A big part of going to Oklahoma for me was to experience the culture and history there. I made sure to try to explore Oklahoma, and I ate Sonic, Braum’s, and authentic Southern barbecue for the first time. On the first night we wandered downtown Oklahoma City, and Leanne gave us a little tour of the Memorial Museum for the Oklahoma bombing which was very interesting. Everyone that went were very respectfully quiet and reflective, which is appropriate but kind of surprised me. Leanne was also kind enough to drive us to her hometown, and in her hometown we went to a medieval fair. The fair was huge and a lot of fun, and being in her hometown changed my perspective of what Oklahoma was.

Overall, I made a lot of new friends and talked to new people that I hadn’t previously. I had lots of fun, and I am very happy that I went!

Spencer Hanson

My freshman year at the University of Michigan has been filled with countless interesting experiences. From attending a talk given by a Nobel prize-winning Physicist to cheering on the football team in the pouring rain. However, perhaps none have been as interesting as attending the National Conference on Undergraduate Research in Oklahoma. It was an incredible opportunity to not only share my own research with students from across the nation, but make connections and listen to insightful presentations.

Looking back, I thought the conference would simply provide me with a chance to practice present my research before having to present in front of my peers and advisors at the Michigan Research Community Symposium the following week. Although I was more confident heading into the symposium, my journey to NCUR represented so much more than a one hour presentation. The opening ceremony included the introduction of many Native American tribes still active in Oklahoma along with a speech given by the president of the drive-in food chain, Sonic. Additionally, an important figure within the United Nations gave an engaging speech about the importance of reason. He discussed the importance of reason in contemporary society and suggested that NCUR should also stand for “Now, Come, Unleash Reason.” This was an incredible segue into the first session of the conference, as the researchers felt a strong obligation to actively participate by asking questions and promoting academic conversation.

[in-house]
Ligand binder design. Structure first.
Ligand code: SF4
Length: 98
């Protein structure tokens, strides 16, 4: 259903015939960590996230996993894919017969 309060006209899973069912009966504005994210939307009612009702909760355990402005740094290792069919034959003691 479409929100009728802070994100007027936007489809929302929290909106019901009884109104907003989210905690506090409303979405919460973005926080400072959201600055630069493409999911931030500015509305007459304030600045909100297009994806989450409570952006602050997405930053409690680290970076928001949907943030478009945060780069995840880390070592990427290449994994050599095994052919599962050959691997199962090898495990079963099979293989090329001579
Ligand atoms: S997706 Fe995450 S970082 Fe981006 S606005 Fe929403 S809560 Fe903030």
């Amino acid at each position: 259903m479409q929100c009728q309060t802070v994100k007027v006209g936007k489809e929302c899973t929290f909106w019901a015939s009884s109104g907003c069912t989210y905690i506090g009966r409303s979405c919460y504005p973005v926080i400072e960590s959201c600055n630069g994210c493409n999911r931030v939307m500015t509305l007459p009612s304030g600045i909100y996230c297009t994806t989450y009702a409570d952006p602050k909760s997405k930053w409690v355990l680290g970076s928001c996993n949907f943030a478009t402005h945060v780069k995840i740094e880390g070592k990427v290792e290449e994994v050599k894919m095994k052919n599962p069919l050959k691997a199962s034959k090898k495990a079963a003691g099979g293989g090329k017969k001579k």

The next day, I attended a talk given by one of the greatest basketball players of all time, Kareem Abdul-Jabbar. While I do not think he even said the word “research,” I enjoyed listening to his stories and the way he has applied what he learned on the court to giving back to the community. I was impressed with how spoke his mind rather than relying on a rehearsed script.

I am very grateful to have had the opportunity to attend the National Conference on Undergraduate Research during my freshman year. Many of the students I met were seniors presenting the culmination of their respective undergraduate research experiences, while I had just begun my college journey. It made me think about how lucky I am to be attending the University of Michigan, where cutting-edge research opportunities are extremely accessible. As I take on my role as an MRC Peer Facilitator, I will definitely advocate on behalf of NCUR. Not only as an opportunity to showcase your hard-work, but develop relationships with a variety of individuals, both from Michigan and across the nation.